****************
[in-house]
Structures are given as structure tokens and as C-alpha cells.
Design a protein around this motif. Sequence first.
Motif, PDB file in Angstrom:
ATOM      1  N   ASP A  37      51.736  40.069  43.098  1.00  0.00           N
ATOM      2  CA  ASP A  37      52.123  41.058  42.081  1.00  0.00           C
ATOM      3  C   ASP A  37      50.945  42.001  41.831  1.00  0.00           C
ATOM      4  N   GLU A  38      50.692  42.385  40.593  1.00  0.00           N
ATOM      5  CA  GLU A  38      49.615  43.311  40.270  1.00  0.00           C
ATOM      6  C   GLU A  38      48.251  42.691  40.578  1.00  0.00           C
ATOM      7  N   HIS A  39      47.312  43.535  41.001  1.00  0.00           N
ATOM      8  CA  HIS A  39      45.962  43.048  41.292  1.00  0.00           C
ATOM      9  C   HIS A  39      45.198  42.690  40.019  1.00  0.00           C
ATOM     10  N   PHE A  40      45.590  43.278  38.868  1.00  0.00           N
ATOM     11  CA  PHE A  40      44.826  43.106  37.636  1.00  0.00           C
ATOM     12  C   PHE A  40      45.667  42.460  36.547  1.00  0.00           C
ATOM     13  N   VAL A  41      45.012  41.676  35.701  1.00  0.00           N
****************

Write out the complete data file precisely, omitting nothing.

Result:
[in-house]
Structures are given as structure tokens and as C-alpha cells.
Design a protein around this motif. Sequence first.
Motif, PDB file in Angstrom:
ATOM      1  N   ASP A  37      51.736  40.069  43.098  1.00  0.00           N
ATOM      2  CA  ASP A  37      52.123  41.058  42.081  1.00  0.00           C
ATOM      3  C   ASP A  37      50.945  42.001  41.831  1.00  0.00           C
ATOM      4  N   GLU A  38      50.692  42.385  40.593  1.00  0.00           N
ATOM      5  CA  GLU A  38      49.615  43.311  40.270  1.00  0.00           C
ATOM      6  C   GLU A  38      48.251  42.691  40.578  1.00  0.00           C
ATOM      7  N   HIS A  39      47.312  43.535  41.001  1.00  0.00           N
ATOM      8  CA  HIS A  39      45.962  43.048  41.292  1.00  0.00           C
ATOM      9  C   HIS A  39      45.198  42.690  40.019  1.00  0.00           C
ATOM     10  N   PHE A  40      45.590  43.278  38.868  1.00  0.00           N
ATOM     11  CA  PHE A  40      44.826  43.106  37.636  1.00  0.00           C
ATOM     12  C   PHE A  40      45.667  42.460  36.547  1.00  0.00           C
ATOM     13  N   VAL A  41      45.012  41.676  35.701  1.00  0.00           N